Pressley, and the Rev. Mr. Stack house. 01
Greenwood, filled the pulpit at the Methodist
Thanksgiving day was gloomy and cheerless,
and not a ray of sunshine or brightness
all day. As a usual thing it Is bright and
beautiful. The gloomy weather kept many
at home that would have visited Irlends elsewhere,
and gave to the town a look of quietness
that reminded one of a rainy Sunday.
The King's Daughters were busy Thursday
afternoon, and no doubt made more than one
household happy, and cheered some poor soul
with the thought that on that day it was not!
The oyster supper of the Willing Workers
was quite a success financially. It was certainly
a success otherwise.
Mrs. Simons, Mrs. Prlngle, Mrs. Ancrom.
Mr*. O'Farrel, Mrs. Herd, and Mrs. Hacker,
were telegraphed for on account of the illness
of their mother, Mrs. S. M. Calhoun.
The friends of Mr. Tom Taggart are glad to
see him again on our town.
J. E. Bark's famous horse show was in town
Saturday, and was enjoyed by many of our
Abbeville people. Nothing will draw a crowd
like a circus. <?
Mr. Godbold. of Athens. Ga., spent Tuesday
nlghl with friends In town.
Miss Lythgoe has returned from a visit to
Mr. A. E. Wooddell, of Athens, Ga., came
over Thanksgiving day, and remained until
Miss May Barnwell who has been visiting
friends in Augusta, returned Saturday.
" 1 ' We miss the sweet strains of the "merry go
A few flakes of snow fell here Sunday
' Mr. Lancaster,one of the resident engineers
of the G. C..& N., spent Sunday in town.
Cotton is low. Not a very bright prospect
for the holidays.
A large lot of bedsteads at Minter's Reduced
1L., . ...
Work of the Legislature ? Personal
Mention ? Prohibition and Other
Columbia, S. C., Dec. 8,ts'.M.
Editor Press and Banner:
A majority of the Abbeville delegation
went home last Saturday and are expected to
Colonel Robertson is confined to his room
with a case of grippe and Is slowly convalescing.
J. V. Jones, Journal Clerk of the Senate,
(who, by the way, makes a most ettlcieut otllcer.)
relumed to the city last night.
No specially important bills have yet been
passed by the Legislature.
Committees have been appointed to investigate
the alleged "public printing''and phosphate
The Childs Prohibition Bill is still being
vigorously fought in the House of Representatives
by both sides. The jieneral opinion
here Is that it will pass the House, but opinion
is considerably divided as to its passing
The Senate bill in regard to the prohibiting
of State officers and members of the General
Assembly accepting Iree railroad passes has
been successfully railroaded through the Sen
iliu, UUb will III till ^UUUUUIWIJ UC uiiv/iivu j?*
Messrs. \V. T. Branch and James A. Hill, of
Abbeville, have slopped In the city for a few
bours en route to the meeting of the Grand
Lodge of the A. F M? Which convenes In
Charleston, S. C.
Mr. i>. A. P. Jordon, of Greenwood, is also
in the city.
Columbii hns made considerable progress
within the past twelve month*.
The Pope-Gray-Gonzales agitation has about
The lynching of the negro yesterday afternoon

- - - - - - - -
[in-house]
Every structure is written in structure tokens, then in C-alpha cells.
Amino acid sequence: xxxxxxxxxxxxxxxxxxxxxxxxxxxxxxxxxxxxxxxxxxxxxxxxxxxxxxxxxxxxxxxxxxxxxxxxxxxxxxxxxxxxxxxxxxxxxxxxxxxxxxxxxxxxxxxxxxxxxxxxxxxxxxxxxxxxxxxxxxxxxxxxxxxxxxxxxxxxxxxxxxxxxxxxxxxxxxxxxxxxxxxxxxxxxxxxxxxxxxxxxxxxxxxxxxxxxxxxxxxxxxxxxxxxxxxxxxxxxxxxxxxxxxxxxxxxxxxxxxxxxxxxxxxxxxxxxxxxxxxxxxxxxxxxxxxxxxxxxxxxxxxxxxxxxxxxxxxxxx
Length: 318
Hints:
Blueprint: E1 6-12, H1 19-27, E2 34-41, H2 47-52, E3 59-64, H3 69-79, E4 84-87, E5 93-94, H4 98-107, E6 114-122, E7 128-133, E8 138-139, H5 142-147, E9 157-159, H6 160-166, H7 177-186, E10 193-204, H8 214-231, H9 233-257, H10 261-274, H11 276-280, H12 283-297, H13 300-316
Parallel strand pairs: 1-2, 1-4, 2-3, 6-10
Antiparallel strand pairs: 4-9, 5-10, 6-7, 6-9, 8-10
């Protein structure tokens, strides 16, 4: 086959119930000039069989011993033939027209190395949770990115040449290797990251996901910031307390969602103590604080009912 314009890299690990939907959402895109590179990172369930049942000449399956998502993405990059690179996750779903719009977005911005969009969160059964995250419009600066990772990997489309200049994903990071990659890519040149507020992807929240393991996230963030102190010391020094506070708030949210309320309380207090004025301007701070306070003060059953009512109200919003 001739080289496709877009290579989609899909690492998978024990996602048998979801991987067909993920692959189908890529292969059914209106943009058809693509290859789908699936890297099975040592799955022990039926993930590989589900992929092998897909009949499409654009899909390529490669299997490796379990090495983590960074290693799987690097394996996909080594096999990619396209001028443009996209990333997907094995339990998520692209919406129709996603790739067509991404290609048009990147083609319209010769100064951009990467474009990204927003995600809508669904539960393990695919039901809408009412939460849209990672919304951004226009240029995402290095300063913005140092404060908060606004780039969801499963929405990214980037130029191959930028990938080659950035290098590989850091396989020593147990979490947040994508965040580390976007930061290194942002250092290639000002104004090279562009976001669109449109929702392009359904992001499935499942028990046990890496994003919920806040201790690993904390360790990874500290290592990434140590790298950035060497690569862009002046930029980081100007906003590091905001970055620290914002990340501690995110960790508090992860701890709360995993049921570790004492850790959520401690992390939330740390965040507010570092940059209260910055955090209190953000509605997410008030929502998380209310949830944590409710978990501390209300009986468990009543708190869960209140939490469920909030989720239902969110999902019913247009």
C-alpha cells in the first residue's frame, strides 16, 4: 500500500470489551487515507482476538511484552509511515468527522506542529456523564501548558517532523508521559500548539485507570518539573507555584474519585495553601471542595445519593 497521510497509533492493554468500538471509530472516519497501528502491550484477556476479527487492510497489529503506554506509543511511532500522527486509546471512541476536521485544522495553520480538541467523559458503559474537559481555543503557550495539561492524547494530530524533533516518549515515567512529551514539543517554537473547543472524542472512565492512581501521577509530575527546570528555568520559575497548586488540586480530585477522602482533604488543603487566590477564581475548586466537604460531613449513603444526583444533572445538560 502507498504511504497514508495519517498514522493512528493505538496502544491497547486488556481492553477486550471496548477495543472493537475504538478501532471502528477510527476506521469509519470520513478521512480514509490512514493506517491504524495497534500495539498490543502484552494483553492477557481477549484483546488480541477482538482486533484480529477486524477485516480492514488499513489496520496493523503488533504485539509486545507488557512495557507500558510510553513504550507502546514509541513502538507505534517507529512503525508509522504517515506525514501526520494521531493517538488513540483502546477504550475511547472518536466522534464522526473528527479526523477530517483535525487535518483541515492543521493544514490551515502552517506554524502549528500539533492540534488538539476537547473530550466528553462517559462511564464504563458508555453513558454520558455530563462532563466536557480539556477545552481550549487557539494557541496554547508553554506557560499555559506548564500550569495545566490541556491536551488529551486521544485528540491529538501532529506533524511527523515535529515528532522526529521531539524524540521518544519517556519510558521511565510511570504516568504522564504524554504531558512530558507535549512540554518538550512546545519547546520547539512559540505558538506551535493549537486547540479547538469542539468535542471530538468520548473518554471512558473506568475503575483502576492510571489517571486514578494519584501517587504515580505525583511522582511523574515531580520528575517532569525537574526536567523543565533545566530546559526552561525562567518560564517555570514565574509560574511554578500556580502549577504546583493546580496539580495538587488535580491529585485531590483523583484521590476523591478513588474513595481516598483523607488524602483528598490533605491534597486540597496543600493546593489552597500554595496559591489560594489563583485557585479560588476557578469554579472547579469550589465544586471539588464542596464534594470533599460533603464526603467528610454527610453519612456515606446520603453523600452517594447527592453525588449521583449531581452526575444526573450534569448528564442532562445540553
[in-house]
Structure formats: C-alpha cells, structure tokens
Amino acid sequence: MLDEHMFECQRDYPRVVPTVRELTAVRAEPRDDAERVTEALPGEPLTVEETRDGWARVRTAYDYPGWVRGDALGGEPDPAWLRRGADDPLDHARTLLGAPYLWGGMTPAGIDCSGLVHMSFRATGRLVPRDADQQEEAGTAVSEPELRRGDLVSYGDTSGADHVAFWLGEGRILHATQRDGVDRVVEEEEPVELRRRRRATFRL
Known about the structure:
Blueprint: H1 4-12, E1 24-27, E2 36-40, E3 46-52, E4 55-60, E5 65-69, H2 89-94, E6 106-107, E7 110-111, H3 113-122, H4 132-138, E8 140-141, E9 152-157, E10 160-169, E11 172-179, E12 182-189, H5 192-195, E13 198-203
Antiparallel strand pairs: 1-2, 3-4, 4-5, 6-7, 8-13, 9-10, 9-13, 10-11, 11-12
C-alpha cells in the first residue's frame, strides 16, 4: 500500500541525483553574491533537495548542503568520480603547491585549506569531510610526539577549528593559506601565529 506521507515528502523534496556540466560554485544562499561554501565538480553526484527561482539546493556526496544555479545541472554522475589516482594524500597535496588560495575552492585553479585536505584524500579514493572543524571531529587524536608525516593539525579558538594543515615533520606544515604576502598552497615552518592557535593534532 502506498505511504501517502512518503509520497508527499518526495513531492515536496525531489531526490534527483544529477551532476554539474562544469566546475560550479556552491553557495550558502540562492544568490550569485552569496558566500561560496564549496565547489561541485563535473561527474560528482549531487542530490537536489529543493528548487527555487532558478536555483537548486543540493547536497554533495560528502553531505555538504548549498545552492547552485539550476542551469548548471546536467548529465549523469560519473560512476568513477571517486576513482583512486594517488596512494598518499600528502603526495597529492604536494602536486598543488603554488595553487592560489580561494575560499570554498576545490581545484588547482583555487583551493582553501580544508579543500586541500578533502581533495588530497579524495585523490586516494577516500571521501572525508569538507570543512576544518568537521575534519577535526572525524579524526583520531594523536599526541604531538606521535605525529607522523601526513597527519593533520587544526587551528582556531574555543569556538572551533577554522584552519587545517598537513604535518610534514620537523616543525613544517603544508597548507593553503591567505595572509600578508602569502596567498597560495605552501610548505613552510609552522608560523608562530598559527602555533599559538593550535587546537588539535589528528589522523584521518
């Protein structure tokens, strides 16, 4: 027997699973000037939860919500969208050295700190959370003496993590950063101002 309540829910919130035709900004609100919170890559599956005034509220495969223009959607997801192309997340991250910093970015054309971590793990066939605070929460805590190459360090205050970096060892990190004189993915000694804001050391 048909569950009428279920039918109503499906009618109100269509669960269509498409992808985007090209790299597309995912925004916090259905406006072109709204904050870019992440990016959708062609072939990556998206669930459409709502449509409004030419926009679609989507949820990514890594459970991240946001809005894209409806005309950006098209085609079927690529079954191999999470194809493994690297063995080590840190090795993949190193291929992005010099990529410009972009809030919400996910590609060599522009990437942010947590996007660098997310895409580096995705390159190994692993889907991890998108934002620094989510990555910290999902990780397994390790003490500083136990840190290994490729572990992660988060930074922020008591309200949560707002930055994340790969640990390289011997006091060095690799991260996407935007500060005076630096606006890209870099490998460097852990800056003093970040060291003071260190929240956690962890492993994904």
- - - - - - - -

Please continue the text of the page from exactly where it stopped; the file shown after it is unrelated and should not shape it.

in Edgefield for killing Sheriff Ouzts'
son lias been considerably commented on
here. N. O. Pyles.
CARD OF THANKS.
Mr. It. A. Griflin Returns thanks to
Ills Neighbors Tor their Sympathy
At four o'clock on Sabbath morning the
loth Inst., a double house standing about
sixty feet Irom my dwelling, (one of which
contained almost my entire corn crop), was
discovered to be on fire. The family seeing
the ntter futility of attempting to extinguish
the burning building, all efforts were directed
towards saving- the dwelling. For thirty
minutes we had no help outside the family
except a colored man and his wife. At this
hour Pickens Thompson, Harris Sanders, Anthony
Caldwell, Moses Thatcher, Samuel
Kinard, Lindsay Griffin, Lucius McDanlel,
Summer Thompson, Lank Sanders, and John
Hunter, appeared upon the scene and with
the system or trained fireman kept three exposed
buildings saturated with water until
all danger had passed, and to these faithful
colored friends, I would return our heartfelt
The following Monday morning at ten
o'clock, as I sat In my sick room which I liad
not been able to leave for near!y two months,
despondent Hnd gloomy as to the future, two
friends drove into my lot, and coining Immediately
to my room informed me that they
had a load of corn and flour and desired that
some one should receive it. So sudden and so
unexpected was this announcement, I could
not compose myself sufficiently to reply.
They went on to state that my friends had determined
to cover ray'losses and that already
a large amount which would be hauled in
from time to time, had been contributed.
During the week as I lay on my sick couch
my eyes have been often melted to tears npon
the arrival of friends bearing tokens of their
sympathy. My heart is overwhelmed at this
spontaneous outpour of generous sympathy
on the part of my friends. Modesty forbids
the mention of names where all have been
so kind. In behalf of this household I would
ask to extend our heartfelt thanks for this
manifestation of kind liberality. With the
prayer that each one may be blessed in bis
basket and store and that none may be subjected
to the fiery ordeal through which we
passed on that memorable Sabbath morning.
"It. A. Gkiffix.
Exposition Visitors?Hoxs an<l Cotton
Need Meal, Ac.
Quarry, S. C., Dec. 5,1891.
,We had the first snow of llie season last
>lii?8 Dora Franklin of this vicinity returned